If you love your partner, doing these little things can make a huge difference.
Many studies, such as this one, have concluded that how we were raised and what kind of romantic relationship we saw our parents having greatly influences our future romantic successes.
Your parents’ story doesn’t have to be your story, but it can take some reprogramming. Something I’ve had to do myself.
My parents have been married for 38 years, but they are more roommates that tolerate each other than a loving couple today. They sleep in separate bedrooms on separate floors of the same home.
One of my clearest memories is of being out at a restaurant with my family after my father had returned from a work trip. My father attempted to kiss my mother, and she looked at my sister and me and said, “Ew, gross!”
“Stop it,” my dad said.
She didn’t, and he pulled away.
For years, I didn’t understand why I hated PDA, why I actually felt anxious when my partner kissed me or touched me out in public until I recalled that memory.
Beyond that, I never saw them do or say nice things about one another. Their marriage seemed very much like a stifling prison. You were going to be there forever and it was going to suck, so you might as well deal with it.
Based on these details alone, it is a wonder that I have had any romantic relationships last more than a few weeks.
But after doing some interior work and becoming a Relationship Coach, I met my now husband. He should hold seminars and write books on how to be an extraordinary spouse. Truly. He’s a champ at showing me on a regular basis just how much he loves me.
If you want to exemplify Mr. Ball (and surely you do), here are 6 little ways things you can show your partner you love her:
1. Connect with her.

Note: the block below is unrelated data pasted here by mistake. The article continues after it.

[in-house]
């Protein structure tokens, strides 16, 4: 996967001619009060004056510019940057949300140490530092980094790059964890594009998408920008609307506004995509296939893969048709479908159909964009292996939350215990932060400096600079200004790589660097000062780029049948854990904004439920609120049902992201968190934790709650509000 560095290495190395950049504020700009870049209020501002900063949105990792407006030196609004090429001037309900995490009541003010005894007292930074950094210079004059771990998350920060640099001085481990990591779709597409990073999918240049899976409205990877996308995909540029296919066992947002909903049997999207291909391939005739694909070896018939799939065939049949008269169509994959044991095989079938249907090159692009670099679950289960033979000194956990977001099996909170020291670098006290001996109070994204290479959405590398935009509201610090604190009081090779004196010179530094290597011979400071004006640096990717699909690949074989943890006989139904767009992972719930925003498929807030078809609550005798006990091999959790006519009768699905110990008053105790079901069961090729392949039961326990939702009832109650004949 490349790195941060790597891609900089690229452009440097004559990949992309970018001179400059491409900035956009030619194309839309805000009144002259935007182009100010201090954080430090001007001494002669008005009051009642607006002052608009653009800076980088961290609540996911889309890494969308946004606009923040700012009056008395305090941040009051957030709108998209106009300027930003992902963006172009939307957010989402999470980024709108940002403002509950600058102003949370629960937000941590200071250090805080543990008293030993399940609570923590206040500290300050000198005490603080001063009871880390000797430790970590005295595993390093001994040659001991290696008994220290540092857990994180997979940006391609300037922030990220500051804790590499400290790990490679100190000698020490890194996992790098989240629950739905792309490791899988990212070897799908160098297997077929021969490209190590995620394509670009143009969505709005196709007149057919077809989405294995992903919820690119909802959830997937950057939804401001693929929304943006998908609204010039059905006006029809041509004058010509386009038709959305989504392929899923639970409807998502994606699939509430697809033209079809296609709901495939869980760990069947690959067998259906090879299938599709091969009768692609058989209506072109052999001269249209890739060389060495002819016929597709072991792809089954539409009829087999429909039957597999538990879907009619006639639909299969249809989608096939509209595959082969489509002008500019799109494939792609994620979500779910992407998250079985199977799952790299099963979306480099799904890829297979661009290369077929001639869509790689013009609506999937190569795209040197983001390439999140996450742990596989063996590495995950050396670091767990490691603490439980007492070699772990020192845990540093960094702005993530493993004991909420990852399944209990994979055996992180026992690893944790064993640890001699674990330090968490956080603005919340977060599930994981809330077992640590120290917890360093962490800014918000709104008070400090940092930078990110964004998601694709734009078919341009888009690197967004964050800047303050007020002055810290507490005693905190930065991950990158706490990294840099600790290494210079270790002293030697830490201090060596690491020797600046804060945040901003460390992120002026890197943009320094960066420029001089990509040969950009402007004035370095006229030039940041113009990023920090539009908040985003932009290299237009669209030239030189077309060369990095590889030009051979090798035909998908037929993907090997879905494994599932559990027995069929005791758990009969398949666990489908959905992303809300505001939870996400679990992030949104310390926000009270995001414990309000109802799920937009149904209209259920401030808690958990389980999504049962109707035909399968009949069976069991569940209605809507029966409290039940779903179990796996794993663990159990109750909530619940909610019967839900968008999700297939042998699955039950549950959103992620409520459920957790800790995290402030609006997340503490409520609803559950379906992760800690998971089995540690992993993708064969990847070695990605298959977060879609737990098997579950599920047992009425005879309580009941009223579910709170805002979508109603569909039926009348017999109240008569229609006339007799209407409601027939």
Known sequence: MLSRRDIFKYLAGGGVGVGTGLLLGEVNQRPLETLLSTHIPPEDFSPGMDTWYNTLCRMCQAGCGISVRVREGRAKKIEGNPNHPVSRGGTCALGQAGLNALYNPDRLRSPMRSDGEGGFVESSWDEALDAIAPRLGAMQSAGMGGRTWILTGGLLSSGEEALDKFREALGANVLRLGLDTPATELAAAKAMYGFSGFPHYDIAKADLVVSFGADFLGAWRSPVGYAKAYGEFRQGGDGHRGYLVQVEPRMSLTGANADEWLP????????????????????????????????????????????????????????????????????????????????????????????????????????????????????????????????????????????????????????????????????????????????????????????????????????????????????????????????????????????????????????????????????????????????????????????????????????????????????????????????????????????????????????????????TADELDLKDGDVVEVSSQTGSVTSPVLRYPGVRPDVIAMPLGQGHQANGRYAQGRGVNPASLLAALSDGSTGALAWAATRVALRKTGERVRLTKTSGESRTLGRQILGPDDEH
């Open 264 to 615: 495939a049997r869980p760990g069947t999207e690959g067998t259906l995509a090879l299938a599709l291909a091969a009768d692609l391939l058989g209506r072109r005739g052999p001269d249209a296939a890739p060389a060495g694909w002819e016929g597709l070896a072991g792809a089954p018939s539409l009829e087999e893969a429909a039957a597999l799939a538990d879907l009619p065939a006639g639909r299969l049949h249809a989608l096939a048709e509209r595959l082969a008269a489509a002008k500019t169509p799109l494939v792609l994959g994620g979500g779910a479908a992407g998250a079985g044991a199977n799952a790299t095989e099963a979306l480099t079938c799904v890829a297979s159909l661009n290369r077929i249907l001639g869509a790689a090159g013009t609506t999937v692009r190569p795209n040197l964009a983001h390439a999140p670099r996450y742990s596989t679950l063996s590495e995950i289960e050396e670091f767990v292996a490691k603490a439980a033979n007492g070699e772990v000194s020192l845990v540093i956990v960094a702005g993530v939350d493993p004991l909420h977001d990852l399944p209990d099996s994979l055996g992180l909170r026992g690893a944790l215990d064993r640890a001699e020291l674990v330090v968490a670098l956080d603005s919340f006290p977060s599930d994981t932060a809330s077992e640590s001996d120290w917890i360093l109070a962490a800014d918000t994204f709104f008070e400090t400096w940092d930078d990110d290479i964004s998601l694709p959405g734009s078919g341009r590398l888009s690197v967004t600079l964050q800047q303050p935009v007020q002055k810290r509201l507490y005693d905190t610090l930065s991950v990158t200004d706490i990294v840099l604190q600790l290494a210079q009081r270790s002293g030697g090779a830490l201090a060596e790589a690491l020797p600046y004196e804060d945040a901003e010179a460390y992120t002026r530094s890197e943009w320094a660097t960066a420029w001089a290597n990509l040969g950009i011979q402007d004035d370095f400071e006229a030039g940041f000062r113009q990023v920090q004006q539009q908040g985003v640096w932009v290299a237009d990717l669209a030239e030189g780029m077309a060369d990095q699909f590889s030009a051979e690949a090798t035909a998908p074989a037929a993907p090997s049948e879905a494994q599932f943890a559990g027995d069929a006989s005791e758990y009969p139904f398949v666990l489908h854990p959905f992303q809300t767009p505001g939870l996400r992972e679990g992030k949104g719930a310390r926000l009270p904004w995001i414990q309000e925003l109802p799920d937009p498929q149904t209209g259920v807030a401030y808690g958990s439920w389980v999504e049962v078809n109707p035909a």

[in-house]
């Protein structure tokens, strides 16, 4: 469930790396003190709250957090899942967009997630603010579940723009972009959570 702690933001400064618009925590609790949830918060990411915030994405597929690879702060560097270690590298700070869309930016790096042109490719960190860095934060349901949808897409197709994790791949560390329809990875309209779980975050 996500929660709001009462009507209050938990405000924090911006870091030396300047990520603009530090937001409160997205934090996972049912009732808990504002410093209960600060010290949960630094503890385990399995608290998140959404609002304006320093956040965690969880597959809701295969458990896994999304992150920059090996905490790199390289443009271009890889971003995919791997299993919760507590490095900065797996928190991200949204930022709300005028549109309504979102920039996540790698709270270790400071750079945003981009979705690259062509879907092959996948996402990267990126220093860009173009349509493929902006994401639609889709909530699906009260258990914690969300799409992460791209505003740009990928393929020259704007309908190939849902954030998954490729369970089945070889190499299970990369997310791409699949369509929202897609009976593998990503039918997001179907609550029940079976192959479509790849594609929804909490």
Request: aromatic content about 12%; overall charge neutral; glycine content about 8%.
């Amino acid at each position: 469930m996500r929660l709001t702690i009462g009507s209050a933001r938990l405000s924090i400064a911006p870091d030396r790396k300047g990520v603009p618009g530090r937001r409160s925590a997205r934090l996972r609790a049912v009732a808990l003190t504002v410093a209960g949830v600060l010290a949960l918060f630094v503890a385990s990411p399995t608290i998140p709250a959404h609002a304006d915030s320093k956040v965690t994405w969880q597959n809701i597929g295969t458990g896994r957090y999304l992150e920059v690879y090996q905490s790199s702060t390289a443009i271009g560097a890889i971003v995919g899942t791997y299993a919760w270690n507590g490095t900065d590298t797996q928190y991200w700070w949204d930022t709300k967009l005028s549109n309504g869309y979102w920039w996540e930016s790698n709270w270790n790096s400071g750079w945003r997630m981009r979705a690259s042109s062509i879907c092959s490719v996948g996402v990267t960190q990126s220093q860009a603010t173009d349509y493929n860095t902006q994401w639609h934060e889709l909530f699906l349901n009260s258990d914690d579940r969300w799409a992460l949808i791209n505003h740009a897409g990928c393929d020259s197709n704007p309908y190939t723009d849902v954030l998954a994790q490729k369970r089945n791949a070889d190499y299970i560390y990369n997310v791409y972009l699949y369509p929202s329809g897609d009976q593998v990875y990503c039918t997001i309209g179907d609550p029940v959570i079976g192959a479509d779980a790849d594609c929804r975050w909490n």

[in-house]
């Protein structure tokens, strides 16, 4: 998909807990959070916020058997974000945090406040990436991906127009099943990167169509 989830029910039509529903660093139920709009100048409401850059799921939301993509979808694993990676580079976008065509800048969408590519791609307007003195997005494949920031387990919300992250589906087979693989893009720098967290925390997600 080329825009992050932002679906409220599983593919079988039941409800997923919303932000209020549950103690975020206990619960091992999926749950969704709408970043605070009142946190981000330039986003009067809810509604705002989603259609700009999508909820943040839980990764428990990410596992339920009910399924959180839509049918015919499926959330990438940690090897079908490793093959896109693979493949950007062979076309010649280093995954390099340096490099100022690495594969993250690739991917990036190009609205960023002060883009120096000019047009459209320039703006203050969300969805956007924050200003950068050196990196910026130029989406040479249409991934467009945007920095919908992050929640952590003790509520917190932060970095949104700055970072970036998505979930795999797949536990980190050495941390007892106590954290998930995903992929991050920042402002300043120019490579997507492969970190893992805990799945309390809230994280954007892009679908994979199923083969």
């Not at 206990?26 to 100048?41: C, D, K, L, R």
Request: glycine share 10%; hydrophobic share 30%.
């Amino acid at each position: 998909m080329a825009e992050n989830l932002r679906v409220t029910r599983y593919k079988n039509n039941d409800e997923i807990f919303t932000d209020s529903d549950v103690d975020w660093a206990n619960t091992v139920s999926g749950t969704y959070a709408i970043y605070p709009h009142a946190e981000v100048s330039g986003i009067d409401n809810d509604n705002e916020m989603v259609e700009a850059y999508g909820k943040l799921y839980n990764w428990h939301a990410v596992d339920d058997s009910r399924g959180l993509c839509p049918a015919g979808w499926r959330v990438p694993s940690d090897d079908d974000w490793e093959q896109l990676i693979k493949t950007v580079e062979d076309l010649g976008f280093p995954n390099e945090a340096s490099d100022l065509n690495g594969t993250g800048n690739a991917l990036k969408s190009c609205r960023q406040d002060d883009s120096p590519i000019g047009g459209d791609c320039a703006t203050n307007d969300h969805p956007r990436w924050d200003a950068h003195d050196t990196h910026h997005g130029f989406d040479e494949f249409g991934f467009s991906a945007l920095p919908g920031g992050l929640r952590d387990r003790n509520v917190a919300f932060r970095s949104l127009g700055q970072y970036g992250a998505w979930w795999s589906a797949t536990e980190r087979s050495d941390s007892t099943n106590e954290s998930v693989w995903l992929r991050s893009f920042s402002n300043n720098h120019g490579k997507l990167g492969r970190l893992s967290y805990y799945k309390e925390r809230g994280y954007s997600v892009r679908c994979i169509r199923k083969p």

When you get home from work, greet her. Start dinner or help her in making it or setting up for it. Talk about your day, and be sure to ask her about hers.
Look at her while she’s talking. Take some time to touch her without any sexual intentions (though that can come later, and it’s much more likely if you’re being affectionate).
2. Be open with her.
We want to know what’s going on. When we ask you a bunch of questions, you might think we’re snooping, prying, criticizing, or trying to control you, but get over that thinking.
You matter to us, which is why we might bug you with a lot of questions to try to get to the meat of what happened, how you’re feeling, etc. You’ve got to ignore how you feel when we ask you questions (which is probably threatened, annoyed, etc.) and instead focus on being open with us anyway.
Tell us about your day, your concerns with work, how you got annoyed.
3. Listen to her instead of trying to “fix” her.
I have enough understanding of myself that I have often said to my husband, “Hey, I want to talk to you about something, but I just need you to listen. I don’t need any advice right now.”
I’m a grown ass woman, and there will be times I need advice — and I will clearly state that — but more often than not, I just need some empathy.
If you’re wondering what your partner is needing, ask. Say something like, “Do you need a solution or do you just need me to listen?” Then, while she’s speaking, you can stop her for clarification, try to identify her feelings, not interrupt her, and show appreciation for her (“I could never do what you do,” etc.).
4. Say “I’m sorry.”
I know, I know. You’re likely bristling at that suggestion.
Without an “I’m sorry,” women may assume that you’re still upset and just not expressing it, that you’re, in fact, stewing. Saying “just drop it” doesn’t help us just drop it. Saying “I’m sorry” actually helps to end the conflict for us.
Actively work to resolve conflicts, acknowledge where you went wrong and say you’re sorry, and give and receive forgiveness.
5. Be loyal to her.
If you are in a committed, monogamous relationship, your woman is going to want to know that you’re it for her. Be faithful. Don’t gawk at or have otherwise inappropriate relationships with other women. Make sure to include her in social gatherings, and keep your commitments to her.
6. Care for her.
Thank her for all she does. Open the door for her if that’s something she likes. Speak highly of her in front of others, don’t correct her in front of others, teach your children to show respect to her, counteract the negative self-talk she shares with you.
My husband makes me a better woman by loving me the way he does. If you love your partner, connect with her, share openly with her, don’t try to fix her, apologize, be loyal, and care for her. These little things can make a huge difference.
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